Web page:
It’s been said that focus is the art of exclusion. I’ve found this to be tremendously helpful in my life and work. So often I have tried to find focus amidst a bunch of things I have going on, and it has felt nearly impossible. The problem was that I wasn’t able (or maybe ready) to choose one thing over all the others. I was trying to choose one direction, while still maintaining all the other options (that mental picture alone is exhausting).
Roughly once a month for the past year a small group of people have gathered in a wine cellar tucked away beneath a restaurant in Seattle. We gather to tell stories.
This group was birthed from a desire to use this beautiful space and a desire to create a place for people to bring parts of themselves that they want to be known to others. The structure of the evening is quite simple: each time we gather, one person brings an experience to the group and the group then interacts around it, with it, and in it. We start the night with a couple bottles of wine (ok, sometimes more than a couple) and some hors d’oeuvres. We then gather around a long, large wooden table— 16 seats attentively occupied. And then, the person of the evening (chosen by volunteering and/or some gentle pressure) begins to share.
I’ve noticed something interesting with almost every person as we’ve prepared for their night. At first, you don’t know what to share about. As we talk about this group (which goes by many names) with each other we often ask, “do you know what you’re going to share on your night?” Most reply, “I have no idea.” Or maybe, “I have a vague idea, but I’m not sure.”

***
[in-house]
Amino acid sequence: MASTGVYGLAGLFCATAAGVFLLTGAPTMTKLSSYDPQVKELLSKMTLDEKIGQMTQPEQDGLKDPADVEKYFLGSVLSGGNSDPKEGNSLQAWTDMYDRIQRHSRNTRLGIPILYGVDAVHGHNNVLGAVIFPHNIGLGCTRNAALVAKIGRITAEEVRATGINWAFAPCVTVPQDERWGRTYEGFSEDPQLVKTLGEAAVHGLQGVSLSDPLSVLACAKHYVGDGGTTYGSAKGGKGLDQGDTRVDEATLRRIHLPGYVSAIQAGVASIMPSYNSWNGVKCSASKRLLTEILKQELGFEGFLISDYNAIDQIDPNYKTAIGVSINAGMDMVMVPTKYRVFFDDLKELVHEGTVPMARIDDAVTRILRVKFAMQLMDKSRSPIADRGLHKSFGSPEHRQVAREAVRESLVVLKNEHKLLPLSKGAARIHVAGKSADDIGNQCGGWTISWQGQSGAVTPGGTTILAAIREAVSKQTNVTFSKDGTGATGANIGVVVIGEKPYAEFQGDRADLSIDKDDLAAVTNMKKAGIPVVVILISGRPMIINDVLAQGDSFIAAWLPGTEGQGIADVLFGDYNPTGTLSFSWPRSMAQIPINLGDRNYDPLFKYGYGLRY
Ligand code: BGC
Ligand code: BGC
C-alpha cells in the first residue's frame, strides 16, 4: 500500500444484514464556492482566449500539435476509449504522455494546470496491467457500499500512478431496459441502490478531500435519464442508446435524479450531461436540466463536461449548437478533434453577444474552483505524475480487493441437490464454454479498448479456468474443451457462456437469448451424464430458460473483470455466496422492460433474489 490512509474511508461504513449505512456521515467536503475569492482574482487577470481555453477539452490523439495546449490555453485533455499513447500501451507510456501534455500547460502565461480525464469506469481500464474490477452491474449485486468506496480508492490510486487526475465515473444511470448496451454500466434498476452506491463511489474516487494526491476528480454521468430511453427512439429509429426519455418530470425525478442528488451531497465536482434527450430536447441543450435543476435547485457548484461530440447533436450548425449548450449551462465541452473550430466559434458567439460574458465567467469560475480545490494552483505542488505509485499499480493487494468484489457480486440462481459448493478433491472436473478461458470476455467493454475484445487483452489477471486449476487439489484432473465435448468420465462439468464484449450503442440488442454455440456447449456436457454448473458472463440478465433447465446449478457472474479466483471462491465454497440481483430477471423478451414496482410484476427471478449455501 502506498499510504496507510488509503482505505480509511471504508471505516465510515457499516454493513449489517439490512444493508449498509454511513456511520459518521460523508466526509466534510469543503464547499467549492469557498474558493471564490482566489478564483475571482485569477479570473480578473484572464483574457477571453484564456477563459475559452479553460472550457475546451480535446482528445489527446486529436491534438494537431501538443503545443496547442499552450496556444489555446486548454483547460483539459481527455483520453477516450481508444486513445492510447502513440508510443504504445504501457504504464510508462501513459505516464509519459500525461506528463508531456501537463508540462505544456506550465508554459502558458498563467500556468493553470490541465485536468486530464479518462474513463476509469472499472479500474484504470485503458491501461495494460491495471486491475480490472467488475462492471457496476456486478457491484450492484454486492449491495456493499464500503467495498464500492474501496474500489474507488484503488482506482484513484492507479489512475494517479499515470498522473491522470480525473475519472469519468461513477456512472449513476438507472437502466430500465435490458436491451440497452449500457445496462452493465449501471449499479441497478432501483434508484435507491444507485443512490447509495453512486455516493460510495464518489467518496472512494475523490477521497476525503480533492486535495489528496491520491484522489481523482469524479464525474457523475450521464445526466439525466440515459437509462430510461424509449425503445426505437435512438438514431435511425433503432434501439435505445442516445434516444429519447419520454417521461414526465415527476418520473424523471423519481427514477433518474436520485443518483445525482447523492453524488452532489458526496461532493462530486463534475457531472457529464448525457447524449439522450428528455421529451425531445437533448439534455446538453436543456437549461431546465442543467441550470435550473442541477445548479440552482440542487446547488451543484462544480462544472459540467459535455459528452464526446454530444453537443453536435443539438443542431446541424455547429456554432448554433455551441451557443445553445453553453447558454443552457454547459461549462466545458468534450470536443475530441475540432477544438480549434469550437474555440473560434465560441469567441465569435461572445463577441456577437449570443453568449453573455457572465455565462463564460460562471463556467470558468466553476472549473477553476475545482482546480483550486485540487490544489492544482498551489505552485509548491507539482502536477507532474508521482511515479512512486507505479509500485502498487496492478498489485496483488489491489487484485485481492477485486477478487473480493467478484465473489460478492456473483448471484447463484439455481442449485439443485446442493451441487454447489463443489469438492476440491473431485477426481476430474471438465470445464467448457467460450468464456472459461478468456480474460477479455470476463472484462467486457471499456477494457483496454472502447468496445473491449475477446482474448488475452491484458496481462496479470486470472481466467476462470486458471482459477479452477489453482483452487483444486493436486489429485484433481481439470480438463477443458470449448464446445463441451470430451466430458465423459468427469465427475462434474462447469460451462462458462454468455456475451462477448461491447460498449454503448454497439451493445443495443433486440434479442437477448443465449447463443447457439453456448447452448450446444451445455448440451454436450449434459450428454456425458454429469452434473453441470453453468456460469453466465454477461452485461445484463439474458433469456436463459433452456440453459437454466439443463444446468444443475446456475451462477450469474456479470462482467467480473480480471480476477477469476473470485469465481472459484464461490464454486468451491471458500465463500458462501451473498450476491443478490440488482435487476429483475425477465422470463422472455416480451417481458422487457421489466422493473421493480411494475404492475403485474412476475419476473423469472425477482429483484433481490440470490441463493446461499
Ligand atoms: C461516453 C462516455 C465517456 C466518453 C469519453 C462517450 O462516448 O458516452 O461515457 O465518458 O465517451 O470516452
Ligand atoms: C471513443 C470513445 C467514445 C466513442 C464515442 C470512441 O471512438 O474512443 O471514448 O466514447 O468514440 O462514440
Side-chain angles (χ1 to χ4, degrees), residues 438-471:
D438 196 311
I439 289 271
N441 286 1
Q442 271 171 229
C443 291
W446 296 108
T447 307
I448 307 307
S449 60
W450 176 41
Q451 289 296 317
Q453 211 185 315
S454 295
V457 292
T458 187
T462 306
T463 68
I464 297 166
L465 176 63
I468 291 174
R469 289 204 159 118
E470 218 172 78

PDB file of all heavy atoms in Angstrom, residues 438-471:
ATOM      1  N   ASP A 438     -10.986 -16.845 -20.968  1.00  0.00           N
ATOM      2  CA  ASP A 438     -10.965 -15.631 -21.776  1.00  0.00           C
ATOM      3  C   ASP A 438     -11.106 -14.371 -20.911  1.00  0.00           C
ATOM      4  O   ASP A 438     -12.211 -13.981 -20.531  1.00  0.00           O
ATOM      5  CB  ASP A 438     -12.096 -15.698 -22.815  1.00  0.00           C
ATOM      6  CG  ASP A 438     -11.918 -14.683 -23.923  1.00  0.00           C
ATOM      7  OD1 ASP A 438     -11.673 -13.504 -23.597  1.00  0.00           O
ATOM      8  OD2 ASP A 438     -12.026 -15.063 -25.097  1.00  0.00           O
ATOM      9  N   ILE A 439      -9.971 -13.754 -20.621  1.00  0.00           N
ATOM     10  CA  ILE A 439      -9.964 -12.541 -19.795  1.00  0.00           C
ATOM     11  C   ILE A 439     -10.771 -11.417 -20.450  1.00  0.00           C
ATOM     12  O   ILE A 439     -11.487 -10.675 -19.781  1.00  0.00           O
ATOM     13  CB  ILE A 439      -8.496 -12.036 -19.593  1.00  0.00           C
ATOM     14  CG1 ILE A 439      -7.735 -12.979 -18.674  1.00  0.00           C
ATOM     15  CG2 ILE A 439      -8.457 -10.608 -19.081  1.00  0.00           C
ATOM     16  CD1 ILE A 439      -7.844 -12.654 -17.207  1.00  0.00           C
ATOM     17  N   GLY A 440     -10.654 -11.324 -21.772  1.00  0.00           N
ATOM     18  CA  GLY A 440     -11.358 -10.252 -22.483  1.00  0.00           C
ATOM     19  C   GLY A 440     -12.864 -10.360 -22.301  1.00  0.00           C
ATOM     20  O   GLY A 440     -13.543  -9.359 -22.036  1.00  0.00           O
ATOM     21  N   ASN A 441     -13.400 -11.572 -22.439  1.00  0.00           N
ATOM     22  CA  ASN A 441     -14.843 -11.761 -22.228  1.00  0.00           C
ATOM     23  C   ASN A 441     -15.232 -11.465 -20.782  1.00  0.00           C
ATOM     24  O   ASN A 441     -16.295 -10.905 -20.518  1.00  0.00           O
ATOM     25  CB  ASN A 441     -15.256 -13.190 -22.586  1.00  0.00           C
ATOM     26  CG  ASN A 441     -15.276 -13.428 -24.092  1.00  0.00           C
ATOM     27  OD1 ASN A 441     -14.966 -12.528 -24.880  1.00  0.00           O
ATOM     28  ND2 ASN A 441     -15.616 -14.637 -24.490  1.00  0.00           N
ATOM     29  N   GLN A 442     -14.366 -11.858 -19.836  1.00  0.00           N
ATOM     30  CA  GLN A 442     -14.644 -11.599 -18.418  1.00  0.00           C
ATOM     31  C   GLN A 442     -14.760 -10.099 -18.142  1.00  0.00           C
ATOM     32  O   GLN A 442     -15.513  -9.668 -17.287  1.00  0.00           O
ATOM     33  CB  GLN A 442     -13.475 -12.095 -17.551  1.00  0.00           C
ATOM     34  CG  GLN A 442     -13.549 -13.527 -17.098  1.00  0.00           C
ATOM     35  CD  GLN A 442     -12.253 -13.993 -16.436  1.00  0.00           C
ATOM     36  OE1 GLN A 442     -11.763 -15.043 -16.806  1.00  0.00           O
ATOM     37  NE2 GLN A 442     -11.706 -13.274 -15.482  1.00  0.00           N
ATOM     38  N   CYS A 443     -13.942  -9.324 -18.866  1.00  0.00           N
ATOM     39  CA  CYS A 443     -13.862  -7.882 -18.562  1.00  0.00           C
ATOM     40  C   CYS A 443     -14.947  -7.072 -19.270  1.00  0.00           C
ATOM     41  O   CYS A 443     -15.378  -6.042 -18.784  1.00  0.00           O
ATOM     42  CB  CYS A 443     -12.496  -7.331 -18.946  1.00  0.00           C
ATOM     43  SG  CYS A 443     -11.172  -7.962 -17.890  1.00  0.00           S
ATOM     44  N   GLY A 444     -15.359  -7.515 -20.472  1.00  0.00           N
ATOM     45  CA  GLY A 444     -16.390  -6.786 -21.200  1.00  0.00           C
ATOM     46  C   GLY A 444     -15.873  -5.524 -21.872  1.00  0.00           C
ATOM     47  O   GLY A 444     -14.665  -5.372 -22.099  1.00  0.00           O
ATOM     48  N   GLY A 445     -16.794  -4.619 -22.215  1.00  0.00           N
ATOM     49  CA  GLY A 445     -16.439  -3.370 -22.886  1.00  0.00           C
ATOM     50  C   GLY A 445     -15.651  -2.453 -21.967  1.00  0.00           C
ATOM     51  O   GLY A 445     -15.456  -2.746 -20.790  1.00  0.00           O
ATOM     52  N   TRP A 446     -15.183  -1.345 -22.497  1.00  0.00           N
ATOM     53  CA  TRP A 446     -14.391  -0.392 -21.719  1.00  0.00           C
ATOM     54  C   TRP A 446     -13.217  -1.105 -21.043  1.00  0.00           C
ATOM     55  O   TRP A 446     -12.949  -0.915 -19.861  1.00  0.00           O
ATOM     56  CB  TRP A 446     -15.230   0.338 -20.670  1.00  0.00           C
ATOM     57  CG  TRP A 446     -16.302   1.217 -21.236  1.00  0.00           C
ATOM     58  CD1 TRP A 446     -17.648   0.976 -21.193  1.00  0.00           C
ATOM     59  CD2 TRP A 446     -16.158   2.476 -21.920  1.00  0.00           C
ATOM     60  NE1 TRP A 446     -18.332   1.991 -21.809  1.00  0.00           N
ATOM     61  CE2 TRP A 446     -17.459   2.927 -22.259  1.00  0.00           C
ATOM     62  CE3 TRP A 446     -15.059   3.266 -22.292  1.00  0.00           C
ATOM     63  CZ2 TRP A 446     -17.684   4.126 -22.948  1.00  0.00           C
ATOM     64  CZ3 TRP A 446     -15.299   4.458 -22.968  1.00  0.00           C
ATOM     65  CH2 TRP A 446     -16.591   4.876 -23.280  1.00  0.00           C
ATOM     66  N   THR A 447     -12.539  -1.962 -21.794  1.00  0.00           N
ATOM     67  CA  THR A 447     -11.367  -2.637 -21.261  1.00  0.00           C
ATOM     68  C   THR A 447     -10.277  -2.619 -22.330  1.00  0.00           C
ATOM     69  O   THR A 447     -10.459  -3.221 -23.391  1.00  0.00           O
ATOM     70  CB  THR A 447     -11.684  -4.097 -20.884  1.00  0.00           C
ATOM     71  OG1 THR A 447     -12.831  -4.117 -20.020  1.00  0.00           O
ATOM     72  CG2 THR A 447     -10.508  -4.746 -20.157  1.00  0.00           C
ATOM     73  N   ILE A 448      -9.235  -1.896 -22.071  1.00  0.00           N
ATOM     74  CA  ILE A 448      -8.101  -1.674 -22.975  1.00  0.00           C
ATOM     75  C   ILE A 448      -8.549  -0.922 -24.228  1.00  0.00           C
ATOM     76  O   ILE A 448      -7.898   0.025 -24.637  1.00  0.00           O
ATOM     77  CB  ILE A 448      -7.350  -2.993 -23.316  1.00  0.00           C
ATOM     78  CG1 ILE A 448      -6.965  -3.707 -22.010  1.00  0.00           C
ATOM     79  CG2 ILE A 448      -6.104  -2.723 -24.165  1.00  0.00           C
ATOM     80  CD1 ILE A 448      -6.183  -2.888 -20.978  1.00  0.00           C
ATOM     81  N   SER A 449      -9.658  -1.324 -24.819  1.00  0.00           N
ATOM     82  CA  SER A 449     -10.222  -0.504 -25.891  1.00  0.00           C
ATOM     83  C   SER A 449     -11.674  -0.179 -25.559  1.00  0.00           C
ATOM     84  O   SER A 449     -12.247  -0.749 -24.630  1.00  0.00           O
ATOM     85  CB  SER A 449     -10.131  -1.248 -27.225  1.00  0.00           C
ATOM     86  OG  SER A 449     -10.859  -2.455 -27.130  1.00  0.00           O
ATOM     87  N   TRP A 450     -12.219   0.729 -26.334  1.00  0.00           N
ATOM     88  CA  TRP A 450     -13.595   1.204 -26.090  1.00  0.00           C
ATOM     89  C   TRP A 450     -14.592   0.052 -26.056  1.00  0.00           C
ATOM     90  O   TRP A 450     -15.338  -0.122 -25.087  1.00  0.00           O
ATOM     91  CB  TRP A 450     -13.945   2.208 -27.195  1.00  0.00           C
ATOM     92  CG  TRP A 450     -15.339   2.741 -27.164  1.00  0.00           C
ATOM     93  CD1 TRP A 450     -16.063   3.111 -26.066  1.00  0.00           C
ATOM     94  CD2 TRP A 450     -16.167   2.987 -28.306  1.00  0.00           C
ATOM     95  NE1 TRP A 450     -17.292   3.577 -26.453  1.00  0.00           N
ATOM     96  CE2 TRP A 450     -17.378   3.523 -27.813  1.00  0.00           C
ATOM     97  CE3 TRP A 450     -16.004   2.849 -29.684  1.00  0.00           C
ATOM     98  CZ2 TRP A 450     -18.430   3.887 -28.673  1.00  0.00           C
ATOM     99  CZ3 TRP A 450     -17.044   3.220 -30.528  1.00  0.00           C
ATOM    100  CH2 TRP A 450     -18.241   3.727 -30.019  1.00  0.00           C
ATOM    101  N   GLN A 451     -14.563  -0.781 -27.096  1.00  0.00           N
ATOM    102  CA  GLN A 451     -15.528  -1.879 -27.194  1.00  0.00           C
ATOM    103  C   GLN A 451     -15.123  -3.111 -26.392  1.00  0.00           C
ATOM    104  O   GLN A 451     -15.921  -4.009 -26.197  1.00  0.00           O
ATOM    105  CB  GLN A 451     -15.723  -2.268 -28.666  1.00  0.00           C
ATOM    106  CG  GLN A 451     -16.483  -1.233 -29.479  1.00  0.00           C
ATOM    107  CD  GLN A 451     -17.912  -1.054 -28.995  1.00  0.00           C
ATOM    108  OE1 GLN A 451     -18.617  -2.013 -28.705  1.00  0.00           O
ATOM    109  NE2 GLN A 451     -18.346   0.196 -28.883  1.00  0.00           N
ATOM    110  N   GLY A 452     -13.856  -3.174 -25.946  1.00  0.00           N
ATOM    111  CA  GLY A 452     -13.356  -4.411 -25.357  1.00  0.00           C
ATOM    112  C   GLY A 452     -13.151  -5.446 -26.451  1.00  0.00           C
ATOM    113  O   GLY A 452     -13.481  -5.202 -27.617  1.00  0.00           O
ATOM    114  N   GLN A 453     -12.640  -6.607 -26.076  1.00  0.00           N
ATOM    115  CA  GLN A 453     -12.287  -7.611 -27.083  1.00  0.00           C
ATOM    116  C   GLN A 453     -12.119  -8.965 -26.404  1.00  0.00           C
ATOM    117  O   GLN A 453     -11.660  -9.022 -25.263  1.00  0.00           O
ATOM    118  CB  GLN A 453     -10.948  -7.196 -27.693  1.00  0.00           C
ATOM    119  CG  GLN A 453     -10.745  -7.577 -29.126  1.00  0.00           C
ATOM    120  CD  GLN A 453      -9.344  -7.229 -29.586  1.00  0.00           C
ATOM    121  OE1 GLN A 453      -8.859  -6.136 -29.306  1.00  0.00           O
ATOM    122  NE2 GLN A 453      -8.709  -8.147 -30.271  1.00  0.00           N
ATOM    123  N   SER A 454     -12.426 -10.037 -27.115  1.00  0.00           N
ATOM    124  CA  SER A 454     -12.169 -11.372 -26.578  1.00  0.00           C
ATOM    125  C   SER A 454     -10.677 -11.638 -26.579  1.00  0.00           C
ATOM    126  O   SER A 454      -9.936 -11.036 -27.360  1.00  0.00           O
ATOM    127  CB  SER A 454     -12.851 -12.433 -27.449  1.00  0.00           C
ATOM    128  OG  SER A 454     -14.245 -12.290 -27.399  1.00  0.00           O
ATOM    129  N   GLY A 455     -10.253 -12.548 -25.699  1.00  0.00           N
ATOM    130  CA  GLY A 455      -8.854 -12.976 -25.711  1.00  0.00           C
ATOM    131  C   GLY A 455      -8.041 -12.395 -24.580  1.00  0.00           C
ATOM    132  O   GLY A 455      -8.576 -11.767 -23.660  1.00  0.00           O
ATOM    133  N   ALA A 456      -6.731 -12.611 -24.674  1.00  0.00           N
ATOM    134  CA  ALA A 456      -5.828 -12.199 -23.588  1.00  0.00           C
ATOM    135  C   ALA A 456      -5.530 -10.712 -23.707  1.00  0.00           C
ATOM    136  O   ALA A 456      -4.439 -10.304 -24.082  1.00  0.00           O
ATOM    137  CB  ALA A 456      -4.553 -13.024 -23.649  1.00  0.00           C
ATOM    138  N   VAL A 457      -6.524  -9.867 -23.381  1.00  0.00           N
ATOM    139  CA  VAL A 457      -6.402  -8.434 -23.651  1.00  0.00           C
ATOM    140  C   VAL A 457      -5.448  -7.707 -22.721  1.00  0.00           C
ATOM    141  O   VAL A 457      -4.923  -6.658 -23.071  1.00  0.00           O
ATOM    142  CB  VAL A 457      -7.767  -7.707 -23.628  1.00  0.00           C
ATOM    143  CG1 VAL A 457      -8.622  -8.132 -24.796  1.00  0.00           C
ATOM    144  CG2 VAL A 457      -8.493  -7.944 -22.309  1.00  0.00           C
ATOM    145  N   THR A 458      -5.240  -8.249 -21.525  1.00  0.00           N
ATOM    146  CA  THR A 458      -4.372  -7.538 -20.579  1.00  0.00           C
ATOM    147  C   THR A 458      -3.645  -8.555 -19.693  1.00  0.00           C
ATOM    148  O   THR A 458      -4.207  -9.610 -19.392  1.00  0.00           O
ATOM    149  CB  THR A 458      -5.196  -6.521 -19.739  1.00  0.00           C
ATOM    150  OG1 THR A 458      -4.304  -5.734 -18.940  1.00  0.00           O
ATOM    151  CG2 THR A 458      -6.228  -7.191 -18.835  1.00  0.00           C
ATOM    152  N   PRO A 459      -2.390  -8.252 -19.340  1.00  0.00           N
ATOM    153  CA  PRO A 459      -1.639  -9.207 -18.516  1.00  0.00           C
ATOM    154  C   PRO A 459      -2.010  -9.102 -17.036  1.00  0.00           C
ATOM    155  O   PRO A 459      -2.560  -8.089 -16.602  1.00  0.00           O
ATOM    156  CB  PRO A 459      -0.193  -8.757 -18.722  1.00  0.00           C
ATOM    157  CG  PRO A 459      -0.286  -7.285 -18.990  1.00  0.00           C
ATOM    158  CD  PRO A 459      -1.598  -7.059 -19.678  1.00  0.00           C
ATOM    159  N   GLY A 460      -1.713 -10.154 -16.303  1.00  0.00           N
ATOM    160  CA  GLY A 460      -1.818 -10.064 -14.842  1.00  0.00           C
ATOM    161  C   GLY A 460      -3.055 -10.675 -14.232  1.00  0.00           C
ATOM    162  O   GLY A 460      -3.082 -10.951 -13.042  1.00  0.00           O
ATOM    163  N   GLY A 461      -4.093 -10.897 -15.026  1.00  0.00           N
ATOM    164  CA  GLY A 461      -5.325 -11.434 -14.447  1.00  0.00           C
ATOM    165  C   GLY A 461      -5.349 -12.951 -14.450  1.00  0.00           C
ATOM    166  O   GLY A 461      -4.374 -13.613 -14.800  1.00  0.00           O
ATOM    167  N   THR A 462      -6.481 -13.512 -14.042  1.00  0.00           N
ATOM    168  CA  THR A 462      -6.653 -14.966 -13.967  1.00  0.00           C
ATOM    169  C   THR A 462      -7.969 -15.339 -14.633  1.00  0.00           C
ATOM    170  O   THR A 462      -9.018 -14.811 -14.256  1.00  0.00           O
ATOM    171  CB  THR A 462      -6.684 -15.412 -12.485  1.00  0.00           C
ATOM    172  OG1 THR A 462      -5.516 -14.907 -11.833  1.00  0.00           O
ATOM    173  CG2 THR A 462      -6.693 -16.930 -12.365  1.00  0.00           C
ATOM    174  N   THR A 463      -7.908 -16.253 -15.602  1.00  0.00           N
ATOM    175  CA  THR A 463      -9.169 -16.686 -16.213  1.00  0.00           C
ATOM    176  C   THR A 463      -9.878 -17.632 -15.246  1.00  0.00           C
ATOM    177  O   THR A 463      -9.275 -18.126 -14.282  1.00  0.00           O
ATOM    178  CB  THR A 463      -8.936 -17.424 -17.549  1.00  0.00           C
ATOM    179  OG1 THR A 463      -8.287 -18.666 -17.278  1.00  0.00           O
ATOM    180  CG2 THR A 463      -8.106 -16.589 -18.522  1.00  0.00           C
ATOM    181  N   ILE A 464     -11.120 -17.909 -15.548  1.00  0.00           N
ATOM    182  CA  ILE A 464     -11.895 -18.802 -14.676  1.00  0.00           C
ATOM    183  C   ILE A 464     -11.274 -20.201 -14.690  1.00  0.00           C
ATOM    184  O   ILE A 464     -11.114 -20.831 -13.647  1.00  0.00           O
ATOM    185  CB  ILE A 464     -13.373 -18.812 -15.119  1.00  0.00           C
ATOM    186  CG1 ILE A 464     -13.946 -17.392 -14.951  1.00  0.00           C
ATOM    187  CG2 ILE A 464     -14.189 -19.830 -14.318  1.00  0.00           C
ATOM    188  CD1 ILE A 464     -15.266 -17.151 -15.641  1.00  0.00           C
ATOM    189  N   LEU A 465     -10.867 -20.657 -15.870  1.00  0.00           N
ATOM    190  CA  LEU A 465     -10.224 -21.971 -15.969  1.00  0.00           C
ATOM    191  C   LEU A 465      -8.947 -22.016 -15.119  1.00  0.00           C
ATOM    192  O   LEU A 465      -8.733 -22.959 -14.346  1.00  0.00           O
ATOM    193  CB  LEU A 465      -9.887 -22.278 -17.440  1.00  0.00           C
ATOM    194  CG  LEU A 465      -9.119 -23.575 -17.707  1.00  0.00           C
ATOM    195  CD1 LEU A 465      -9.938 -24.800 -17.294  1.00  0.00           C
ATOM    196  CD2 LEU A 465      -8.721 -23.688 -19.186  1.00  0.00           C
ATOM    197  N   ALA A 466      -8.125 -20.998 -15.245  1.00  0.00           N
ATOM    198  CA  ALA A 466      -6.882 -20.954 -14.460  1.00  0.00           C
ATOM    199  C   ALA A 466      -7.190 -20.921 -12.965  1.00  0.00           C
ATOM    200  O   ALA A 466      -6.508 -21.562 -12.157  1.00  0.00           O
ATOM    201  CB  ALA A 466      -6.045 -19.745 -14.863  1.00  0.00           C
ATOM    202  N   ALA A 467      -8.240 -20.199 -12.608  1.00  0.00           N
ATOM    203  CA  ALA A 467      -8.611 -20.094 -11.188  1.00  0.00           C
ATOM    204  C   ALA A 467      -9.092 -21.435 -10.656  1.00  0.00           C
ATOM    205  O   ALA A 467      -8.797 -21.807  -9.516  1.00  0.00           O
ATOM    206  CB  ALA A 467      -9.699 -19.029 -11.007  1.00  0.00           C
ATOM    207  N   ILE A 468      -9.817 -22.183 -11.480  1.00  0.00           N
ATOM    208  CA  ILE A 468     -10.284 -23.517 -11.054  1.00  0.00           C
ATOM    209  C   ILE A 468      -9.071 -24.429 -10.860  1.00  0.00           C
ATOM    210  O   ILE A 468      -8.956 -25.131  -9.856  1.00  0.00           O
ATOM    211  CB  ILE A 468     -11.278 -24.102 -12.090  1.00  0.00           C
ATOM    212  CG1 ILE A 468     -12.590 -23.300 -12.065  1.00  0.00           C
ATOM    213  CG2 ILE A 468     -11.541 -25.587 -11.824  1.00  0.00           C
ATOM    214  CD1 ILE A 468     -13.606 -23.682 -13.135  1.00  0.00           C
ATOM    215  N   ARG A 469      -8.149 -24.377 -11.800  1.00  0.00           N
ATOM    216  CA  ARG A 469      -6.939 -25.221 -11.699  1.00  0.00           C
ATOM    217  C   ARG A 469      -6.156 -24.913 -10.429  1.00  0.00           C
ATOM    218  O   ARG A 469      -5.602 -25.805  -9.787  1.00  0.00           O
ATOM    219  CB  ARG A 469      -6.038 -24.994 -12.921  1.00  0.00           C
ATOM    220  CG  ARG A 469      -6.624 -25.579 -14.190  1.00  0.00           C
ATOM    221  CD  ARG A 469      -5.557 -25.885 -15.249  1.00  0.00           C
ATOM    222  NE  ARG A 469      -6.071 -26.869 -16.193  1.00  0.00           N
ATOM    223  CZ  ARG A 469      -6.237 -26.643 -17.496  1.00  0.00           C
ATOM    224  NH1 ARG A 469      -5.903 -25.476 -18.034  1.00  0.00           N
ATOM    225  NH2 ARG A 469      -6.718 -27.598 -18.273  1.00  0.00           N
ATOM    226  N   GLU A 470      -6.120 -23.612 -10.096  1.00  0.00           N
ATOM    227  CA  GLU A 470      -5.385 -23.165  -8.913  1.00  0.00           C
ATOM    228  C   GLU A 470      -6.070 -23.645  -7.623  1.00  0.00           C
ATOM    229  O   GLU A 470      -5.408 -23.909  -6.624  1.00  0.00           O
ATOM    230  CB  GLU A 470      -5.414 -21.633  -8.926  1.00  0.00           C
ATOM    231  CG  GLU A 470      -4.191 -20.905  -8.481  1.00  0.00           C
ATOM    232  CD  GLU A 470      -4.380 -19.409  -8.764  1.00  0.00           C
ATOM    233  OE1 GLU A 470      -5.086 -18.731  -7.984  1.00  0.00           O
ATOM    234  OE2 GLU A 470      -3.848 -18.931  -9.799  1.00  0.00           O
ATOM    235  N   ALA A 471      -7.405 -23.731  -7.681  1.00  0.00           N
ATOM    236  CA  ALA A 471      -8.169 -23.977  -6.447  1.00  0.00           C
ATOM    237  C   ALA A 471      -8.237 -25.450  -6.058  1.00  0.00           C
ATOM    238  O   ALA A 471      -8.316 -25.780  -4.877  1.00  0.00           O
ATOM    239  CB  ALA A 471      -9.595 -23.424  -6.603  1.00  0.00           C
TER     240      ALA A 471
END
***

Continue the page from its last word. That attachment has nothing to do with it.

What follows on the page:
I’ve never been great at being scheduled. In some ways, time can just be difficult for me. That probably sounds crazy, and I wish I was joking, but I’m not. I have a hard time estimating time, and sticking to a schedule.
Though being unscheduled can feel really nice, it can make getting things done rather difficult. As Stacia and I have pushed further into the things that matter most to us, I’ve come to realize more and more how important it is to have a routine and to make use of a schedule. If you expect the things you’re doing to be successful, then you need to treat them like a job— particularly if you are self employed or if the things that matter most to you are self-initiated.
Confession time. I have a starting problem. I LOVE starting things! And I’m really good at it. I can start so many things, that you’ll loose track of them. In fact, I can start so many thing that I’ll loose track of them. I can get so excited about the ideas behind things that I want to just jump in and start. And I do.
I can think of a handful of small projects that I’ve decided to start– often they are things that I’m making or building. I go to the store and get supplies. It’s all so much fun, until I get back and then realize how much work is ahead and how it may be really really hard work. If I’m not careful I can do a lot of starting things and not finishing them.
Starting has its limits.
Can we talk about that “once-in-a-lifetime opportunity” for a moment?
We hear this a lot, and it’s all really exciting, but I want to pick it apart a little bit.
“Once-in-a-lifetime” things are electric. They give us butterflies in our stomachs. They feel as though, if we play our cards just right, we will go places and experience things that we couldn’t otherwise.
- that job,
- that project,
- this risk,
- that trip,
- that guy/girl,
- that client, etc.